Your broker will apply this withholding to dividends paid to you as an investor. Withholding does not apply to capital gains or to interest payments.[6] A part of the dividend a US domiciled ETF pays you may be exempt from nonresident withholding; see below for more. The standard rate is 30%. If the country you live in has a tax treaty with the US, submitting a W-8BEN form to your broker should reduce this rate (usually to 15%).[8][9][note 1][note 2]

Apart from an exemption for some US source 'portfolio interest' income, also discussed below, US withholding tax applies regardless of the actual assets that a US domiciled ETF itself holds.[10] Even if all of the ETF's assets are non-US stocks, the US will still take 30% or lower treaty rate in dividend tax. Holding the same assets in a non-US domiciled ETF eliminates this US tax overhead.

If you live in a country with poor or no US tax treaty coverage, you should strongly consider using non-US domiciled ETFs instead of US domiciled ones, as a way to reduce or even eliminate the US tax you pay on dividends from funds holding stocks.[note 3]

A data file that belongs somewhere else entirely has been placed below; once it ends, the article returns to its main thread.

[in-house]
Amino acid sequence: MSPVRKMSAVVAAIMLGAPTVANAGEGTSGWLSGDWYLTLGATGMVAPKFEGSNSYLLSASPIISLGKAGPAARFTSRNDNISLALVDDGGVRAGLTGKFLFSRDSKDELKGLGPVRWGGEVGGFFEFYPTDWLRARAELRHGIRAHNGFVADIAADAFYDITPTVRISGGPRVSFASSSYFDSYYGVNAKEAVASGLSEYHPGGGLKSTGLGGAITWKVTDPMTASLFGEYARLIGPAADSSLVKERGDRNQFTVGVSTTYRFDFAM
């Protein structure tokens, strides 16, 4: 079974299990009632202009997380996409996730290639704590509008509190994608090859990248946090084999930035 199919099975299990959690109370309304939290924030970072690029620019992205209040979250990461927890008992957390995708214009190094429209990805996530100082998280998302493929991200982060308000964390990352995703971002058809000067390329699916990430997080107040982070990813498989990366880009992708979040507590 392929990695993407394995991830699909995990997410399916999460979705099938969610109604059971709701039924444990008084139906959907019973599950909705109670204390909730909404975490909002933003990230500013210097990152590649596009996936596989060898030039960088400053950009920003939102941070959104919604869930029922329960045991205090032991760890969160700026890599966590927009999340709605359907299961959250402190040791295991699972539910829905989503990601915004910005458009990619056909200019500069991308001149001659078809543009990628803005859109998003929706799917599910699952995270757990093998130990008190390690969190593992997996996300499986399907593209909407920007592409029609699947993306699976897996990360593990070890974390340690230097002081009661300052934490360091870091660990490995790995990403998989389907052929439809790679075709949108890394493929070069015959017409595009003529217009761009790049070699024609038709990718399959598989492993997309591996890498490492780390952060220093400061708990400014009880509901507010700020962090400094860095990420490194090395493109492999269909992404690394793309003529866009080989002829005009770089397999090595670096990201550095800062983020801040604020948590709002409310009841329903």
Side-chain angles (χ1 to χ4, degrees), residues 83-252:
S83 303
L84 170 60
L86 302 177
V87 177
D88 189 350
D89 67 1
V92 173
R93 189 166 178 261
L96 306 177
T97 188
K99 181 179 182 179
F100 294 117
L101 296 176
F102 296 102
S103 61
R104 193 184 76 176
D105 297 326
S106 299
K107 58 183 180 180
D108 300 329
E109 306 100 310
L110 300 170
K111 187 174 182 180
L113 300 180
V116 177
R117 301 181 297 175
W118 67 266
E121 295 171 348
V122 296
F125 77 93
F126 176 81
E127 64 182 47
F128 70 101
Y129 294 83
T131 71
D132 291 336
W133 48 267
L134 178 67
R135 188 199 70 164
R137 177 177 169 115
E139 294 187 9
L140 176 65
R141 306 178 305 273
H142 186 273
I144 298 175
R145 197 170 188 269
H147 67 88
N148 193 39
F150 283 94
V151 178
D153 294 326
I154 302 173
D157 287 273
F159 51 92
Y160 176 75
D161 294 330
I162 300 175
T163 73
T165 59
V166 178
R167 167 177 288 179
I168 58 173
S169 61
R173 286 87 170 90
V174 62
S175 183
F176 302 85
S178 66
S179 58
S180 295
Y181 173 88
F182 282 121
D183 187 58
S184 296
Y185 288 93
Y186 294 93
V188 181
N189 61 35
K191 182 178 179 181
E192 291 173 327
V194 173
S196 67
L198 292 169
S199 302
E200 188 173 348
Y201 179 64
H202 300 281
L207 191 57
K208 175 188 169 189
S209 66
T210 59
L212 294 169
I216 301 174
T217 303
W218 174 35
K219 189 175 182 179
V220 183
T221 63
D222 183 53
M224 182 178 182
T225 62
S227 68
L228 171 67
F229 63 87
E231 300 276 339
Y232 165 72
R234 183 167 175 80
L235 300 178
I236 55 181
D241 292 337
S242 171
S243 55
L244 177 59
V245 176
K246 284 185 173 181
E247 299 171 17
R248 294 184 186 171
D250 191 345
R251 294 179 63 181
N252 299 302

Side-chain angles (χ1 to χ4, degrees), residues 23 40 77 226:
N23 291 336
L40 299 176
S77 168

Estimating tax withholding leakage

Other than the tax withholding that shows on your brokerage account's statement, the fund itself has taxes withheld on the dividends it receives. This is usually happens in funds that hold international equities. This withholding reduces the fund's return to investors, but it is mostly invisible unless you look at the annual reports.

Short-term capital gain distributions paid as dividends

A US domiciled ETF that pays a short-term capital gains distribution will generally include this as part of its dividend. For US investors this makes no difference to their tax or other positions.

However, the US does not tax nonresident aliens on their capital gains. In this case, an ETF should exempt the part of a dividend that is due to short-term capital gains from nonresident alien withholding. For this to occur correctly, the broker needs to be aware that the withholding rate on this payment to nonresidents is less than the standard or treaty rate.